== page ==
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Science sisters of the Amazon

A mentor system is helping young women scientists in Peru and Brazil to break through barriers.
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Like these Shipibo Konibo women, female scientists gain knowledge and confidence when they work together.
Like these Shipibo Konibo women, female scientists gain knowledge and confidence when they work together. Juan Carlos Huayllapuma Cruz/CIFOR

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A welcoming committee of tarantulas outside her tent hardly inspired confidence in Katty García when she visited an indigenous Shipibo Konibo village on the banks of Peru’s Ucayali River.

“I was a little afraid,” she says of the spider confrontation, which featured in what was her first ever trip outside of her hometown of Pucallpa, in Peru’s Amazon region.

But García persisted, gathering data with researcher Dawn Rodríguez-Ward of the Center for International Forestry Research (CIFOR), in this small indigenous community of open-sided, thatch-roofed houses.

Immediately across the border in Acre, Brazil, Kaline Rossi teamed with CIFOR scientist Amy Duchelle to survey communities on the impact of interventions associated with Acre’s State System of Incentives for Environmental Services.

“Amy made me feel that our work could make a difference and that everyone was contributing to the results,” says Rossi. “That is really important for building a young researcher’s self-esteem and confidence.”

WOMEN IN SCIENCE

García and Rossi are among a number of young women researchers in the Amazon who have developed new capabilities and skills working with women scientists from CIFOR.

Those scientists, in turn, highlight the impact that women mentors have had on their own careers, creating a chain of learning and professional support that crosses boundaries of culture and language.

I’m always trying to open doors for hard working, dedicated young researchers

Amy Duchelle

Young women researchers still face discrimination in Brazil, according to Rossi.

“We have to deal with it every day,” she says. “We have to fight for better positions, better salaries and recognition for what we do, and not what we look like.”

In Peru, García and fellow scientists Lyan Mui Campos and María Luisa Vásquez were part of field teams led by Rodríguez-Ward, undertaking surveys on subnational initiatives as part of CIFOR’s Global Comparative Study on REDD+.

The six-country study is designed to gauge the impact of subnational REDD+ programs and projects by comparing data gathered in communities before and after the initiatives are implemented, and by comparing communities with projects and those without. Analysis is ongoing, and results are expected in the next few months.

Working with more experienced scientists such as Rodríguez-Ward “was super motivating,” says Vásquez, who has a degree in forestry.

“These are women who are under 40 and have PhDs or post doctorates,” she says. “They’re doing research and are in the field with the people. They’re committed to helping people improve their quality of life.”

Mentoring researchers is a two-way street, says Anne Larson, a principal scientist at CIFOR.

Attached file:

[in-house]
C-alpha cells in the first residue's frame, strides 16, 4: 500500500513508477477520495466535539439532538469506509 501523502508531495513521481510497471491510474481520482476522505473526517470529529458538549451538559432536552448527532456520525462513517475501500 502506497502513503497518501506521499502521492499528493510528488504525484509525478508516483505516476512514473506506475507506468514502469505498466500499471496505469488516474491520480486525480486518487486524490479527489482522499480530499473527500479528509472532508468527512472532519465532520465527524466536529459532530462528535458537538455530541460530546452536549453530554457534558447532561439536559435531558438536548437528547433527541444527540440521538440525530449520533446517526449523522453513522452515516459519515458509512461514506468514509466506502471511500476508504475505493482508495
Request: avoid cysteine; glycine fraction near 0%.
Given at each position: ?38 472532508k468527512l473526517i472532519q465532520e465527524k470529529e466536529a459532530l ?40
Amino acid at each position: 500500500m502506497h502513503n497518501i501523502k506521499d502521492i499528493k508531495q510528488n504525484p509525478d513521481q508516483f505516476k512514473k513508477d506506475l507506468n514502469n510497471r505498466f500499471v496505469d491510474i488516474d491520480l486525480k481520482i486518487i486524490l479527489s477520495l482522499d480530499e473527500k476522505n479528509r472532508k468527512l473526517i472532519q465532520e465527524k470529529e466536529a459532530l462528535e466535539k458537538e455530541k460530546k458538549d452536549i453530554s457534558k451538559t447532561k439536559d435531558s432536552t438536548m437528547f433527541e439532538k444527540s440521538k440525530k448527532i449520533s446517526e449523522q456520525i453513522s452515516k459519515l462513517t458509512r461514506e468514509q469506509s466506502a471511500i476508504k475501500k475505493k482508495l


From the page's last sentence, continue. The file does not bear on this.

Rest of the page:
“I learn a lot from women researchers who are going out in the field in the Amazon, from their own perceptions, which they bring to the field with them, and from the information they bring back,” Larson says.

BUDDIES AND TEAMWORK

Young women researchers can also look to more experienced female colleagues for guidance about issues that men might not recognize, such as cultural taboos about women interviewing men and personal safety, she says.

“Safety is an issue that women have to take with them wherever they go,” Larson says. “You have to have someone with you, you have to know where you’re going, and you need have a network of people who will take care of you along the way. It shapes everything else.”

That is a topic that CIFOR scientist Amy Duchelle emphasizes with her team. She’s currently leading the subnational component of the Global Comparative Study, and mentored young researchers while coordinating the study’s subnational initiatives research in Brazil and Peru.

Duchelle insists on the buddy system – always working in pairs and walking from house to house with another person, even if that is more time consuming than splitting up and doing the work independently.

“Finishing the work should not be at the expense of your safety,” she says.

Doing surveys in indigenous communities, which are often hours by boat from Pucallpa, the nearest city, poses particular challenges.

In these communities, health posts tend to be poorly staffed and stocked – if they exist at all – and school teachers may go away for days or weeks at a time, leaving students adrift.

“It’s important to go and see what people really think, and what they really need,” Campos says. “But I learned that they don’t always welcome you with open arms.”

Gaining the trust of community members can take time, Larson says. And that is where teamwork can help.

Duchelle says she is still learning from more experienced women researchers, especially those who, like her, are balancing careers and families.

And like others before her, she keeps an eye out for rising stars.

“I’m always trying to open doors for hard working, dedicated young researchers,” she says. “If I see opportunities for them, I try to make suggestions and help them plug into networks.”

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For more information on this topic, please contact Anne Larson at A.Larson@cgiar.org or Amy Duchelle at A.Duchelle@cgiar.org.
This research forms part of the CGIAR Research Program on Forests, Trees and Agroforestry.
Topic(s) :   Peruvian Amazon Gender Lessons from the Amazon